The north-south convergence and east-west extension of the Tibet Plateau are accommodated by a series of active strike-slip and normal faults, and normal-fault earthquakes are very active in the plateau. During 2020 to 2021, there were three normal-fault earthquakes, namely, the Dingri MS5.9 (2020-03-20), Biru MS6.1 (2021-03-19), and Shuanghu MS5.81 (2021-03-30) earthquakes. These three earthquakes were evenly distributed in the middle and southern parts of the plateau, which provides a favorable case for us to study the seismic deformation characteristics using interferometric synthetic aperture radar (InSAR) technology.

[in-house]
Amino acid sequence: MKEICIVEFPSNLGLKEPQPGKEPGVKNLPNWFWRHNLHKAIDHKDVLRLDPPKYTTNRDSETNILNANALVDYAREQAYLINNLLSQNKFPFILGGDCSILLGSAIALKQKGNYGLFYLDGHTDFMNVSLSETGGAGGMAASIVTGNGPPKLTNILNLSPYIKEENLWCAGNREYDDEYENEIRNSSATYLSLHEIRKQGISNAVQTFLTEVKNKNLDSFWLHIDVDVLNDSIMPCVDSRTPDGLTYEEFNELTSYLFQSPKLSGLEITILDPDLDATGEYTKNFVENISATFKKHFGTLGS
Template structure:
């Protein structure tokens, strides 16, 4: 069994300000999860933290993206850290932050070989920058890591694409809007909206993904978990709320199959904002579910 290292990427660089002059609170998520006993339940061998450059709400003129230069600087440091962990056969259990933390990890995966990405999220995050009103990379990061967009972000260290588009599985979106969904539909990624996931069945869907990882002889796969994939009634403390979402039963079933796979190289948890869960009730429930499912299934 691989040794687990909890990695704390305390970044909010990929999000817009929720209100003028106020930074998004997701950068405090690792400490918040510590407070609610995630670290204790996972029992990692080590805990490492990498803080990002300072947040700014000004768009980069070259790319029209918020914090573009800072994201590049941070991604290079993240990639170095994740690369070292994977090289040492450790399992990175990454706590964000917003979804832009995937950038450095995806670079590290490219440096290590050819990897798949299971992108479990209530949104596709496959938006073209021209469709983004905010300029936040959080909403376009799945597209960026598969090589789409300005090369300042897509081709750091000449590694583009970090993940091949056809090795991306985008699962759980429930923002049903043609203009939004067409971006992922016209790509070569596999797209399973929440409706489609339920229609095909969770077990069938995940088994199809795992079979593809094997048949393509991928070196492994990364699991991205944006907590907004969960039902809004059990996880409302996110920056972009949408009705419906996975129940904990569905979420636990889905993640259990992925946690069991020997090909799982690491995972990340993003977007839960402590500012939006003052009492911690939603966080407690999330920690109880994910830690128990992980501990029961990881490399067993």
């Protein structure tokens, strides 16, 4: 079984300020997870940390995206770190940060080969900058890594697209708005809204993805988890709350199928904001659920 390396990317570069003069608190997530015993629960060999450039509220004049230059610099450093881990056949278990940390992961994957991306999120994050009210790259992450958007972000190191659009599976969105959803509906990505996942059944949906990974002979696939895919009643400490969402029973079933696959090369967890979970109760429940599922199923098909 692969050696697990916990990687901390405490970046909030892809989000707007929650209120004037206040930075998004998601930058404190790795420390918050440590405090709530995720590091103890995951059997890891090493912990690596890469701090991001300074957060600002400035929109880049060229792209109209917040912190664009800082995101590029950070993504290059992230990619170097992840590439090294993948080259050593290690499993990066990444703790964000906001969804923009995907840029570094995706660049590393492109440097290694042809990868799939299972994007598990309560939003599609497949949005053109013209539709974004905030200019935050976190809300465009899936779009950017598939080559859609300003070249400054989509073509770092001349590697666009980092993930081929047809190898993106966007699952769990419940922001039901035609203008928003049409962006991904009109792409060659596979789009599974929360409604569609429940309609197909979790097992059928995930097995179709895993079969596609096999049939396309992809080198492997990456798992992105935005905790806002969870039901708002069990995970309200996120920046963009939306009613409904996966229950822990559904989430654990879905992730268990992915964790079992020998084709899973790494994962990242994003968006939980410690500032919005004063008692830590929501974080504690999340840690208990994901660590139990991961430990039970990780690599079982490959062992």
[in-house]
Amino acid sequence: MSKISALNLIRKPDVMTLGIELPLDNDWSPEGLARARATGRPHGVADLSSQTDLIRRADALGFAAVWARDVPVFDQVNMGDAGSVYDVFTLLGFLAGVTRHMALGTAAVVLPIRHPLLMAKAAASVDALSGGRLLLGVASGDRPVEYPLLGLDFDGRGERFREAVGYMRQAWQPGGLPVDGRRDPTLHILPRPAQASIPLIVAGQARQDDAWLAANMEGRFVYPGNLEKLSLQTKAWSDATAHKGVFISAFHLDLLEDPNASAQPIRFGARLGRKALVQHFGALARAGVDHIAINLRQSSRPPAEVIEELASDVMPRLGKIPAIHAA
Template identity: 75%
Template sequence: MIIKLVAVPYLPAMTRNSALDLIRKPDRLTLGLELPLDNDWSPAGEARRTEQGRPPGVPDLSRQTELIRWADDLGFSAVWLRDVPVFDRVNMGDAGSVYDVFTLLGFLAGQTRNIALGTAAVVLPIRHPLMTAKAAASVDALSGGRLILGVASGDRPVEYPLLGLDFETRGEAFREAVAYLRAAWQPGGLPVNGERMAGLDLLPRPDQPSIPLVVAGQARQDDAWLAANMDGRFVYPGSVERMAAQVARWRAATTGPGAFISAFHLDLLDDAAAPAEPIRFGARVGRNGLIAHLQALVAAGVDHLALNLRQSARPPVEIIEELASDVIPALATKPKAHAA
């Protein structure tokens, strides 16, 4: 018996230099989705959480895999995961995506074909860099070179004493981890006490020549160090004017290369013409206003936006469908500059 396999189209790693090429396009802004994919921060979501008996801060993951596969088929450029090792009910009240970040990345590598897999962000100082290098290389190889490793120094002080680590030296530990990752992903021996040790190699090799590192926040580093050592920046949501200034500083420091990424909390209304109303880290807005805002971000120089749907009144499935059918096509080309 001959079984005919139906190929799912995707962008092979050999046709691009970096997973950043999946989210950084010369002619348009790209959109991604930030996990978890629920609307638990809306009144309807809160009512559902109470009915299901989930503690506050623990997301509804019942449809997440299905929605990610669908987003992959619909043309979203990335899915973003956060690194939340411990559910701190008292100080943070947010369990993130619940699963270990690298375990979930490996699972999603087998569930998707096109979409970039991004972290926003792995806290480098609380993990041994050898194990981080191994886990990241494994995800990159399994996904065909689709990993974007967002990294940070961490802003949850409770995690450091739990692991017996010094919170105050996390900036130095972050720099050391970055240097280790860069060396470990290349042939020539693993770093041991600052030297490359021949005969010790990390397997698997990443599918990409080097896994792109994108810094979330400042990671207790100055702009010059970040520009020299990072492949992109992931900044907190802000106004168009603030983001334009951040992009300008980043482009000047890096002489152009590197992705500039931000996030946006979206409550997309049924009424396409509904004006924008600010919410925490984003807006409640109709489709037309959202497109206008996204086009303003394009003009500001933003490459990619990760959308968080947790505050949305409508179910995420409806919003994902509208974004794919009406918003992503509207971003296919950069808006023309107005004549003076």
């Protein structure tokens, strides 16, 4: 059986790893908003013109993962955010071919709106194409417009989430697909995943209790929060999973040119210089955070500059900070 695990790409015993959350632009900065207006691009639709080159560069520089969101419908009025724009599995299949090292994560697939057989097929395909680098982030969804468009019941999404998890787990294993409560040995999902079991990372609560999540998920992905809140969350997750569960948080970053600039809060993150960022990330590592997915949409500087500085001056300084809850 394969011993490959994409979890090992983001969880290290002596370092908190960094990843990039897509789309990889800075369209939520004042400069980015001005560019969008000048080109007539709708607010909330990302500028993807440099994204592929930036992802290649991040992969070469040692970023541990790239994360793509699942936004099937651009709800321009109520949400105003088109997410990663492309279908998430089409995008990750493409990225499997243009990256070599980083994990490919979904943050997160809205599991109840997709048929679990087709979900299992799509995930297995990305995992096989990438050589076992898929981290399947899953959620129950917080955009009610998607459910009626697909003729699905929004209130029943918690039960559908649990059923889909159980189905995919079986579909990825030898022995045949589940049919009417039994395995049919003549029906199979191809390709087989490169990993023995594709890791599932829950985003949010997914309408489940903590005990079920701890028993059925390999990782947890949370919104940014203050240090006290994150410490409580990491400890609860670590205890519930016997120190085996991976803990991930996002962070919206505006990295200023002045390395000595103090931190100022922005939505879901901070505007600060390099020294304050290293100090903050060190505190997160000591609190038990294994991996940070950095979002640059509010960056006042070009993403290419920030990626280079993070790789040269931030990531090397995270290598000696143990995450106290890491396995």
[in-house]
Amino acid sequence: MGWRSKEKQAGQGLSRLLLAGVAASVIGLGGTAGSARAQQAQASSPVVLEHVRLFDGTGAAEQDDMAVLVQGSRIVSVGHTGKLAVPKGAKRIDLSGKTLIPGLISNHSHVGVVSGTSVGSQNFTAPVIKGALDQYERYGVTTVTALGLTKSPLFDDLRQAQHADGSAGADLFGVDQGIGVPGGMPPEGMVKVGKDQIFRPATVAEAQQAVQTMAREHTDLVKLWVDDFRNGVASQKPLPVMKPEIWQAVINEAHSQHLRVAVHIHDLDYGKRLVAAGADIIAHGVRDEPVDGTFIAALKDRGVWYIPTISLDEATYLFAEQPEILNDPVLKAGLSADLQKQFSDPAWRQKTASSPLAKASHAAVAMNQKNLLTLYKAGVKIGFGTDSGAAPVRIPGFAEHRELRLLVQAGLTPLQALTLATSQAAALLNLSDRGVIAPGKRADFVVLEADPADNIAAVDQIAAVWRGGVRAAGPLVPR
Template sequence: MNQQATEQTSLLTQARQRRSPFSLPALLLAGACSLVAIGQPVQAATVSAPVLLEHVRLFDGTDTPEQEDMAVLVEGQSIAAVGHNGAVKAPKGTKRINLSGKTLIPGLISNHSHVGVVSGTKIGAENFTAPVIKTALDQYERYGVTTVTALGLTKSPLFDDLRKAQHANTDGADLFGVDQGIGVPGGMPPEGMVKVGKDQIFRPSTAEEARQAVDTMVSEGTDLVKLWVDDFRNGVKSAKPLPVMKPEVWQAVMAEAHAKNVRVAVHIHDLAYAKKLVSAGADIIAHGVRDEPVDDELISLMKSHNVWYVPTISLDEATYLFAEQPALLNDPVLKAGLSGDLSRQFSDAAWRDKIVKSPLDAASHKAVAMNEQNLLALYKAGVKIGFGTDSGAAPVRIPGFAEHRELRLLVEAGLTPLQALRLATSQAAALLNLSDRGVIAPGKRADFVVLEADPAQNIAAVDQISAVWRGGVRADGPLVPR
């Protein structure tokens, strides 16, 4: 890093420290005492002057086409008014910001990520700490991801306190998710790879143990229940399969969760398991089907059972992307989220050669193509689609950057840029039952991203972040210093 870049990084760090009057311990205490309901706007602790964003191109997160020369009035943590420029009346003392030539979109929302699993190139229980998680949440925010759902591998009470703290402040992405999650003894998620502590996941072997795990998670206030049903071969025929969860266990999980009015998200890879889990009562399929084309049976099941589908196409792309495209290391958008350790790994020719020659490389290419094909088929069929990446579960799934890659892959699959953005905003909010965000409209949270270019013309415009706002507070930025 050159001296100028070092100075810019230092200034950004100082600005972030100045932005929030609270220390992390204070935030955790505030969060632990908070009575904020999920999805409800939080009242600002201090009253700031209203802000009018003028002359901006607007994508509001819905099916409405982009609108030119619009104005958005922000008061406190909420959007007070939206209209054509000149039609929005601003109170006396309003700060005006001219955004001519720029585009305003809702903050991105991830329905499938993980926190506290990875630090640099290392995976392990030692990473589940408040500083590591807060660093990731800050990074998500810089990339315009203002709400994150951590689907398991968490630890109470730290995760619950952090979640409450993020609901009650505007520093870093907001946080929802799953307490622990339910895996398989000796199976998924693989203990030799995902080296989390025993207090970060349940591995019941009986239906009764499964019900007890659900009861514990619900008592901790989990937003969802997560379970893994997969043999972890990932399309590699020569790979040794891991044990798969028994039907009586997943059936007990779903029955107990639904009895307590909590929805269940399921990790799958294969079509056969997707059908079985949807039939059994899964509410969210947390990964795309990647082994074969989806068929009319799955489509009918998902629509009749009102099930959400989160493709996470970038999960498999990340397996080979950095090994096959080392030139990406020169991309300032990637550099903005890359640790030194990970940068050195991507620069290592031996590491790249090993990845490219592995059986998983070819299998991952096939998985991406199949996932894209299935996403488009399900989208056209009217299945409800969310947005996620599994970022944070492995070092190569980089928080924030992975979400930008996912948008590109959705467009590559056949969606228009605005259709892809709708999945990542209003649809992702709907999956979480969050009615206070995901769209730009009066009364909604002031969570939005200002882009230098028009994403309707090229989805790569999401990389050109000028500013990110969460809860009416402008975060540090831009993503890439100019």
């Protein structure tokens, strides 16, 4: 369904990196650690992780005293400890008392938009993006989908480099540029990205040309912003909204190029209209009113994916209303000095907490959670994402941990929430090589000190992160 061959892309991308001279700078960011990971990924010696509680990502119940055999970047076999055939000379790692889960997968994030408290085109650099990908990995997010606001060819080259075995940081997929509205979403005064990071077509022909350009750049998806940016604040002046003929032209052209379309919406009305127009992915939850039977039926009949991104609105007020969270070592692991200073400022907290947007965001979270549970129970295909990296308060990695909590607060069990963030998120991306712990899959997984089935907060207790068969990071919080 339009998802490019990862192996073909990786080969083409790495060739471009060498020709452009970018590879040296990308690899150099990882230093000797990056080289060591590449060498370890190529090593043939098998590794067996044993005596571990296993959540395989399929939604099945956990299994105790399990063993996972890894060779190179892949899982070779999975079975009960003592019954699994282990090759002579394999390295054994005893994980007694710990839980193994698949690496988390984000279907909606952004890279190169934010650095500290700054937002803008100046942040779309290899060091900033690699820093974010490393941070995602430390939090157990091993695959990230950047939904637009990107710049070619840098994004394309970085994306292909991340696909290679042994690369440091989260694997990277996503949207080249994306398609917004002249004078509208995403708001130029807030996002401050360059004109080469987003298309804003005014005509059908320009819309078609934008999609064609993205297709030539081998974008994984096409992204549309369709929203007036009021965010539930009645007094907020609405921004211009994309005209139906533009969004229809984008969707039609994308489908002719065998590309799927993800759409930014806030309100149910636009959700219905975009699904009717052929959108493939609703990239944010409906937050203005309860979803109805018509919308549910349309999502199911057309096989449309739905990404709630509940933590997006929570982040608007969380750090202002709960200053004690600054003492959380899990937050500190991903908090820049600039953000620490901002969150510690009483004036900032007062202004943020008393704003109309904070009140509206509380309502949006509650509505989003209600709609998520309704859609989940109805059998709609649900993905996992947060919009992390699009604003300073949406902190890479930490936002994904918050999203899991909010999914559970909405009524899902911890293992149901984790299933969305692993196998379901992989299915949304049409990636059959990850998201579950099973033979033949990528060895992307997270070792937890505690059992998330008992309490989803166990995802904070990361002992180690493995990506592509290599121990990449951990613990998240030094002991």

We used InSAR technology and Sentinel-1 SAR image data to generate the coseismic deformation field of the three normal-fault earthquakes in the Tibetan Plateau. The results showed that the normal-fault earthquakes in the plateau were not pure normal-fault types, and the coseismic deformation field showed both subsidence deformation and strike-slip deformation. Based on the Okada elastic dislocation model and the coseismic deformation fields, we constrained and inverted the geometric parameters and the slip distribution of the fault plane to accurately determine the locations of the seismogenic faults. The seismogenic faults were mainly secondary concealed faults with dip angles < 60°, all of which were shallow earthquakes. The slip distribution was mainly concentrated within 12 km. Combined with geophysical recognition, we inferred that normal-fault earthquakes are widely distributed in the Qinghai-Tibet Plateau, and not limited to areas related to half-graben structure, and that the occurrence of normal-fault earthquakes largely depends on the gravitational potential energy in the extensional environment.